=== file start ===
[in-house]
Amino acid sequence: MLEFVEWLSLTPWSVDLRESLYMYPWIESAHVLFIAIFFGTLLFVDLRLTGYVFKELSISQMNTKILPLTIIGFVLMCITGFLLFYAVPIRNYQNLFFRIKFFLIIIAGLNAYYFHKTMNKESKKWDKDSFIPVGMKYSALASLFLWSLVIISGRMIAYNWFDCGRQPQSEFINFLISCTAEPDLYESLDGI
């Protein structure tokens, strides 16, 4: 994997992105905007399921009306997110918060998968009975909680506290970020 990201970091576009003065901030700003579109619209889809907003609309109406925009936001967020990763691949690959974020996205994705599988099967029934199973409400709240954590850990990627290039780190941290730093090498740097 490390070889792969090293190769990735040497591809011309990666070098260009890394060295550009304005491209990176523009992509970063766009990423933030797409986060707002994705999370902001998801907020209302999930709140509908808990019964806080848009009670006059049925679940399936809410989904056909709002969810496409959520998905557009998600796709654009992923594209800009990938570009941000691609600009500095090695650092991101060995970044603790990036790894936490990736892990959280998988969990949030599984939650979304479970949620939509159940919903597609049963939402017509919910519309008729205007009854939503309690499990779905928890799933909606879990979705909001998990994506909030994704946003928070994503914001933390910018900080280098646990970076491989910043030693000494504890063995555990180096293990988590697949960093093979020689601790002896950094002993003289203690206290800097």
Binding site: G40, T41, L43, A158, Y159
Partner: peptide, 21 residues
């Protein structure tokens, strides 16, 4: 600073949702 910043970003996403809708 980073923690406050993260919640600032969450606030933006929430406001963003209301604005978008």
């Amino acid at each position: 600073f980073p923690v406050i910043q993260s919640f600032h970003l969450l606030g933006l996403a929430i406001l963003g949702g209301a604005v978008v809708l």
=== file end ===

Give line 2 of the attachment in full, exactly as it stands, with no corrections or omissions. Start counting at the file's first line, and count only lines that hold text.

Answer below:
Amino acid sequence: MLEFVEWLSLTPWSVDLRESLYMYPWIESAHVLFIAIFFGTLLFVDLRLTGYVFKELSISQMNTKILPLTIIGFVLMCITGFLLFYAVPIRNYQNLFFRIKFFLIIIAGLNAYYFHKTMNKESKKWDKDSFIPVGMKYSALASLFLWSLVIISGRMIAYNWFDCGRQPQSEFINFLISCTAEPDLYESLDGI